Farming is one of our most important professions. It’s also one of the hardest, with long hours, endless labor, droughts, floods, crop diseases, livestock predators. It’s no surprise that less than 2% of our population puts food on their tables by growing things to go on ours.
Scott and Tina Johnson wouldn’t dream of another life. Longtime Indiana livestock farmers, the Johnsons moved here in 2018 after falling in love with the Lowcountry during trips with their children, Jackson and Lucy. They are leasing a 94-acre farm along U.S. 17 near McClellanville. Since 2014, the East Cooper Land Trust has owned the farm to protect it from development and to promote sustainable farming. The Johnsons were a perfect fit.
“The Land Trust is thrilled to have Scott and his family,” said Tyler Grespin, interim executive director. “The farm has improved dramatically under their stewardship.”
In less than two years, the Johnsons have developed a following at stores and farmers markets and turned the farm, which they’ve appropriately renamed Johnson Family Farms, into a destination for people seeking meats, eggs and vegetables. They use a processor in Kingstree to produce an array of hormone-free pork and beef; burgers, steaks, ribs, bacon, pork chops and sausages are just some of their staples. Restaurants on the Isle of Palms and at DeBordieu are featuring some of their meats. And this fall, the Johnsons are starting a Saturday market at the farm so that customers stopping by the farm’s store can interact with other local farmers and artisans.
The family owes their success to their untiring effort and the knowledge Scott developed as a lifelong farmer. But this past July, three words stopped him in his boots: stage 3 cancer. It was a rare form; Scott would need to start an aggressive chemotherapy regimen almost immediately. The treatments would make him unable to work on the farm. As Scott told Tina, “They are going to try to kill me to keep me alive.”
Scott got his diagnosis on a Friday. Cancer never comes at a convenient time, but the news that Scott would soon lose his strength was especially ill-timed: out in the fields, potatoes sat in six rows – each a football field long – that needed to be harvested by hand. Even knowing his own health was at risk, Scott couldn’t help but think of the farm he and his family were devoting themselves to build.
Neither could Tina. Scott called her with the news while she was at a home-schooling group meeting, and in that life-changing moment, she shared not only the diagnosis but all the work still waiting at the farm. The next morning, nearly 30 people from the group showed up, untrained but eager to work. They spent the next two days under the sun in 95-degree heat on their knees among the weeds digging potatoes.
“We barely even knew some of these people,” Scott recalled. “They were out working their butts off just out of the kindness of their hearts. Nothing short of amazing.” With guidance from the Johnsons, the volunteers finished the entire potato harvest before Scott’s first treatment.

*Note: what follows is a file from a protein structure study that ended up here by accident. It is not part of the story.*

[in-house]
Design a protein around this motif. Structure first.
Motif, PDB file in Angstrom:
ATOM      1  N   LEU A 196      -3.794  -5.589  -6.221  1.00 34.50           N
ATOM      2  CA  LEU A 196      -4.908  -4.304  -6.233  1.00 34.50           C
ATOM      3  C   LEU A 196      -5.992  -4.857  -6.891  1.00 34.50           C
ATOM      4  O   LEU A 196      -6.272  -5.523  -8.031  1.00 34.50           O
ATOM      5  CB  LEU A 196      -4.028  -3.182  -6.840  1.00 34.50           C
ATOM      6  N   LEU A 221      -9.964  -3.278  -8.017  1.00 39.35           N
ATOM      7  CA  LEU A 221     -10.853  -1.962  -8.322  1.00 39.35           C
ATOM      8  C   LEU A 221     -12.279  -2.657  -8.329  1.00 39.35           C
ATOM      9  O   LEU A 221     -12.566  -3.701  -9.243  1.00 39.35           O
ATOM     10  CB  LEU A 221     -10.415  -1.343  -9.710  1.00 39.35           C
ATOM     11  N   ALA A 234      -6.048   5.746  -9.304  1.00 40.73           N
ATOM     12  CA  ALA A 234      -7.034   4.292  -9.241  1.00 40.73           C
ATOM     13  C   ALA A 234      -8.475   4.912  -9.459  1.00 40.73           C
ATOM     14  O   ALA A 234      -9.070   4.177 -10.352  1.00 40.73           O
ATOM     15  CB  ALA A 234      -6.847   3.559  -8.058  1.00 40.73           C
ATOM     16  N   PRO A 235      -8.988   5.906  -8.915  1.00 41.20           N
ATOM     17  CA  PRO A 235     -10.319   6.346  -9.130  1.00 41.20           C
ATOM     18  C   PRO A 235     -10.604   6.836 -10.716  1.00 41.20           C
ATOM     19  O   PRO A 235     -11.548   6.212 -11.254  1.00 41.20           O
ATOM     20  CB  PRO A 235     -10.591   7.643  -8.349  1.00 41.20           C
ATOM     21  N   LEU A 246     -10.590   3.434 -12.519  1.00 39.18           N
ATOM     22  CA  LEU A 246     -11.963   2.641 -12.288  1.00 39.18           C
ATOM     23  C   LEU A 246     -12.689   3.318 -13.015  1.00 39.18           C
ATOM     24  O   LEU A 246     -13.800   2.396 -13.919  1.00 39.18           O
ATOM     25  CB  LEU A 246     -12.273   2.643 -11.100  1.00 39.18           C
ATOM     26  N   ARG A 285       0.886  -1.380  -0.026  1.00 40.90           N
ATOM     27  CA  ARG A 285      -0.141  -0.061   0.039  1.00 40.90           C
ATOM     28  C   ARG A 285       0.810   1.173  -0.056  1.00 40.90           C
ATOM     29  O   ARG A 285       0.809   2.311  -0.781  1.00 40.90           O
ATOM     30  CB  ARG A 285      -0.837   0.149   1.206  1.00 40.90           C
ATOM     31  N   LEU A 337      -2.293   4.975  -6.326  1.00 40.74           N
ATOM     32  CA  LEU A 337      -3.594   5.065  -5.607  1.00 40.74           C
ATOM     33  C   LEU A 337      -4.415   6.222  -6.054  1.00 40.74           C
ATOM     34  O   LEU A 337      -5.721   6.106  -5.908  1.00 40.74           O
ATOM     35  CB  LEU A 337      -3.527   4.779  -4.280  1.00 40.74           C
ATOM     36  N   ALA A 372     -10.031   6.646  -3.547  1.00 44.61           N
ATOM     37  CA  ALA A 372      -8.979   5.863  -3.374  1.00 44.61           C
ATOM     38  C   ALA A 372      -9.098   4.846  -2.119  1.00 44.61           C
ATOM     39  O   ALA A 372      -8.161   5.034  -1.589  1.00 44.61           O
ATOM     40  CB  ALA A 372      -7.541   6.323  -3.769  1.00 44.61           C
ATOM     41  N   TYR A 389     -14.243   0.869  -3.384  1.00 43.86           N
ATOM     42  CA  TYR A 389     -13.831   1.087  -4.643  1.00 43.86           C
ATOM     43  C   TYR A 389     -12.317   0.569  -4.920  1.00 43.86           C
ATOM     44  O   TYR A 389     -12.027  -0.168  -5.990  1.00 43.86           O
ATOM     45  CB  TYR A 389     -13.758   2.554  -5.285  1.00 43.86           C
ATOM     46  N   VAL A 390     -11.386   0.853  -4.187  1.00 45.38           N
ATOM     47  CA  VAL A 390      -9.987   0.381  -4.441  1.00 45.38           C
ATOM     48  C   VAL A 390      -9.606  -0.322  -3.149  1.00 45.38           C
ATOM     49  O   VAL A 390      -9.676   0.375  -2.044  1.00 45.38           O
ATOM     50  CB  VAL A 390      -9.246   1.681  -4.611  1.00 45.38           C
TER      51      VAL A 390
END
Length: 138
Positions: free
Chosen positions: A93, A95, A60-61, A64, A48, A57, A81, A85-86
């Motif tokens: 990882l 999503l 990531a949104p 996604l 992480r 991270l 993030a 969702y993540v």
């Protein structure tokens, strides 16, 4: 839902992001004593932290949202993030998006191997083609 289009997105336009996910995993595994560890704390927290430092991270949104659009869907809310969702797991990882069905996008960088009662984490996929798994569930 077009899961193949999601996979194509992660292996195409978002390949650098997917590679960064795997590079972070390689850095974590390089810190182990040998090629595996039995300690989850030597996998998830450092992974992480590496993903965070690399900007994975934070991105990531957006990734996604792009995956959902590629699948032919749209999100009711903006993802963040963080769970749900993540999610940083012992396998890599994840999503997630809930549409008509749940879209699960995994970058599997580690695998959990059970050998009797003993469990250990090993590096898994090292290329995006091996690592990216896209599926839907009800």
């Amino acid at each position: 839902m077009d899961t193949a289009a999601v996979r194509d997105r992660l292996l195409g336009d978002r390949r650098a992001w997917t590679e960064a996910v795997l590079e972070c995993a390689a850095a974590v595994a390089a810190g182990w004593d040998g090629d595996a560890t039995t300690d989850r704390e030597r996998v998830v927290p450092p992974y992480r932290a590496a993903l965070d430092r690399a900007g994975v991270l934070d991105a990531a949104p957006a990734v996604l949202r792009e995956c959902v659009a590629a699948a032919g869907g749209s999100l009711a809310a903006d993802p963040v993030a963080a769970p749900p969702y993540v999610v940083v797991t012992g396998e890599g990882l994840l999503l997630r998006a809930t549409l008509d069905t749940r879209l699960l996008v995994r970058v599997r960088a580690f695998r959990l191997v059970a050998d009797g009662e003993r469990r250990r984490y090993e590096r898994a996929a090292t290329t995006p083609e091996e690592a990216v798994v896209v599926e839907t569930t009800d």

That harvest sparked an outpouring of love and help across the region. After Tina posted the family’s gratitude on the farm’s Facebook page, more people started showing up on weekends to work, often bringing meals and snacks.
Church groups and customers have come all the way from Georgetown, Johns Island and nearly every locale in between. They pull weeds and plant seeds. They mow grass and mend fences. They bush-hog and feed hogs. The Citadel has made an ongoing service partnership with the farm, sending teams of cadets to lend muscle every other weekend.
The army of volunteers includes a men’s group from McClellanville. In addition to working on the farm, they are raising money for the Johnsons. They have already bought the Johnsons a new mower to replace the one that broke just days after Scott’s diagnosis.
The group plans to keep helping as long as the Johnsons need. Men’s group member Drew Allison said the efforts come from the town’s culture: “McClellanville just has that small-town culture of neighbors helping neighbors. Anything the Johnsons need, we do.”
Of course, a farmer’s work is never done, and so the family still has plenty to do. When Scott isn’t in treatment, he’s driving hogs to Kingstree and delivering meats. Lucy helps Tina with the store and the farmers markets, and Jackson has taken over many of his father’s most demanding chores. But having the community so involved over the past few months has made all the difference to them. And Scott, always one to see the good in a situation, noted that getting the community more connected to its food has been his family’s and the Land Trust’s mission all along. “Food is an experience, and participating in making it is part of that experience.”
Scott’s treatments will continue for several months. He and the rest of the Johnson family will press on with the farm, working side-by-side with the volunteers who have surrounded them. “We’re forever grateful for these people going out of their way, probably stepping out of their comfort zones, simply out of the kindness of their hearts.”
By Andrew R. De Holl